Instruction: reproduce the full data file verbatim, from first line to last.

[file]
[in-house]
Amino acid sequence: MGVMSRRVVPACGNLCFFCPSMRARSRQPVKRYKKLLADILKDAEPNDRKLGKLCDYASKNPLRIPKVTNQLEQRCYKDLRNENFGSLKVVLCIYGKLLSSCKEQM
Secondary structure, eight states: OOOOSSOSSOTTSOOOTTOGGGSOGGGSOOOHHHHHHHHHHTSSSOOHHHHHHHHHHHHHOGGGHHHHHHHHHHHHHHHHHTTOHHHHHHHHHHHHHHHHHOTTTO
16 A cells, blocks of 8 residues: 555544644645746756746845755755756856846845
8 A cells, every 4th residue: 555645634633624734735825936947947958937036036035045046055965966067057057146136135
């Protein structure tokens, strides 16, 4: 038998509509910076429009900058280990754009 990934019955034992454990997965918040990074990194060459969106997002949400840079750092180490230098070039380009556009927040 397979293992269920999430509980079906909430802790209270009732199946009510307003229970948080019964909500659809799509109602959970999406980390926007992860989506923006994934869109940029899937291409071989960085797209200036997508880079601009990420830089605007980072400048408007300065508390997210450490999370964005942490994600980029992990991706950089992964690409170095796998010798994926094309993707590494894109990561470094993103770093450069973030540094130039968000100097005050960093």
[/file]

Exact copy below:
[in-house]
Amino acid sequence: MGVMSRRVVPACGNLCFFCPSMRARSRQPVKRYKKLLADILKDAEPNDRKLGKLCDYASKNPLRIPKVTNQLEQRCYKDLRNENFGSLKVVLCIYGKLLSSCKEQM
Secondary structure, eight states: OOOOSSOSSOTTSOOOTTOGGGSOGGGSOOOHHHHHHHHHHTSSSOOHHHHHHHHHHHHHOGGGHHHHHHHHHHHHHHHHHTTOHHHHHHHHHHHHHHHHHOTTTO
16 A cells, blocks of 8 residues: 555544644645746756746845755755756856846845
8 A cells, every 4th residue: 555645634633624734735825936947947958937036036035045046055965966067057057146136135
């Protein structure tokens, strides 16, 4: 038998509509910076429009900058280990754009 990934019955034992454990997965918040990074990194060459969106997002949400840079750092180490230098070039380009556009927040 397979293992269920999430509980079906909430802790209270009732199946009510307003229970948080019964909500659809799509109602959970999406980390926007992860989506923006994934869109940029899937291409071989960085797209200036997508880079601009990420830089605007980072400048408007300065508390997210450490999370964005942490994600980029992990991706950089992964690409170095796998010798994926094309993707590494894109990561470094993103770093450069973030540094130039968000100097005050960093």